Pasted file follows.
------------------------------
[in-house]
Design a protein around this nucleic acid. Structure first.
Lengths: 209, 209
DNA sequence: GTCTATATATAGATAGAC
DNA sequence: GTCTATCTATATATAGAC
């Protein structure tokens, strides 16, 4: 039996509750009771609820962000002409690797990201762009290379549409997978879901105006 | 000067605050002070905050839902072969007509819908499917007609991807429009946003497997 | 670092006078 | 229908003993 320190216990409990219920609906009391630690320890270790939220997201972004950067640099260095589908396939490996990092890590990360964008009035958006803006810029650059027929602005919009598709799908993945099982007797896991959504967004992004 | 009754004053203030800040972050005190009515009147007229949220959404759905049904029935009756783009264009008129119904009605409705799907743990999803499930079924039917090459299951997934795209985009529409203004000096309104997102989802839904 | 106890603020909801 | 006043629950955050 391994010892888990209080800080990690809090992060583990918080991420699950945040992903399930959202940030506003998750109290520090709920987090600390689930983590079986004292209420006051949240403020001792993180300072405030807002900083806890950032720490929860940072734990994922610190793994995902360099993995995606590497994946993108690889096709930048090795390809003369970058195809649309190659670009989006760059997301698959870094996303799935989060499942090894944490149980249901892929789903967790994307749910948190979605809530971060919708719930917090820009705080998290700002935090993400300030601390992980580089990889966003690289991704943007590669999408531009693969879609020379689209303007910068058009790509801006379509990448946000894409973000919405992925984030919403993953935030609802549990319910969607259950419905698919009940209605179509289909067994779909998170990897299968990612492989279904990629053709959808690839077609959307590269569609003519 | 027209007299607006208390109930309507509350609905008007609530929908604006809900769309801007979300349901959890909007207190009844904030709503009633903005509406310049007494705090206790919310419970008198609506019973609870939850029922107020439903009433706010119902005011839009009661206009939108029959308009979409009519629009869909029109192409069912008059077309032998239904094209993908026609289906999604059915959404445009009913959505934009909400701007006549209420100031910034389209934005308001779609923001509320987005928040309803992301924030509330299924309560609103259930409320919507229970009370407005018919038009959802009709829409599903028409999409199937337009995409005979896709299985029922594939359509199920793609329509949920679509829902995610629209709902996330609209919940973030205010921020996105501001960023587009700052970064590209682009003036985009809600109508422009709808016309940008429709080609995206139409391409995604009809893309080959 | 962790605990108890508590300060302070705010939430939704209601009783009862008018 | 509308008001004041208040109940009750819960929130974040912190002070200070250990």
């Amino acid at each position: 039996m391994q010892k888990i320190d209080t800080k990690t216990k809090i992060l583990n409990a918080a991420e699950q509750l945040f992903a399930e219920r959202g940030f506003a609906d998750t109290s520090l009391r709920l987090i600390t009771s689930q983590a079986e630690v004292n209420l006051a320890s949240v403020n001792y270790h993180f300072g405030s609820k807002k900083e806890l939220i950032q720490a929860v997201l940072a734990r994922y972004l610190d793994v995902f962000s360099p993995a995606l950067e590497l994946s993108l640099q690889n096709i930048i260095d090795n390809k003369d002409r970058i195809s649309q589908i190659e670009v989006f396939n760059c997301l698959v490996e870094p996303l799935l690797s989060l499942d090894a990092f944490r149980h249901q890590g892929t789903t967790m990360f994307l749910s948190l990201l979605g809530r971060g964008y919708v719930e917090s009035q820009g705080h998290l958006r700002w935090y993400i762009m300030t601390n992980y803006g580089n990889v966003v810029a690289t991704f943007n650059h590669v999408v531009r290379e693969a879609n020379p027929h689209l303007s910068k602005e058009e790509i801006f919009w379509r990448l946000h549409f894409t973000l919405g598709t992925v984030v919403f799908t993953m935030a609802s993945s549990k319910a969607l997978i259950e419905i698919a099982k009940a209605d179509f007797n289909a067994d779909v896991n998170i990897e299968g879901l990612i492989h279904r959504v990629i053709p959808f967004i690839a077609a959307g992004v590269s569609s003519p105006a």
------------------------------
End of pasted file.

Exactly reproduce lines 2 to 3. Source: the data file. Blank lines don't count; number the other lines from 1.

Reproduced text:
Design a protein around this nucleic acid. Structure first.
Lengths: 209, 209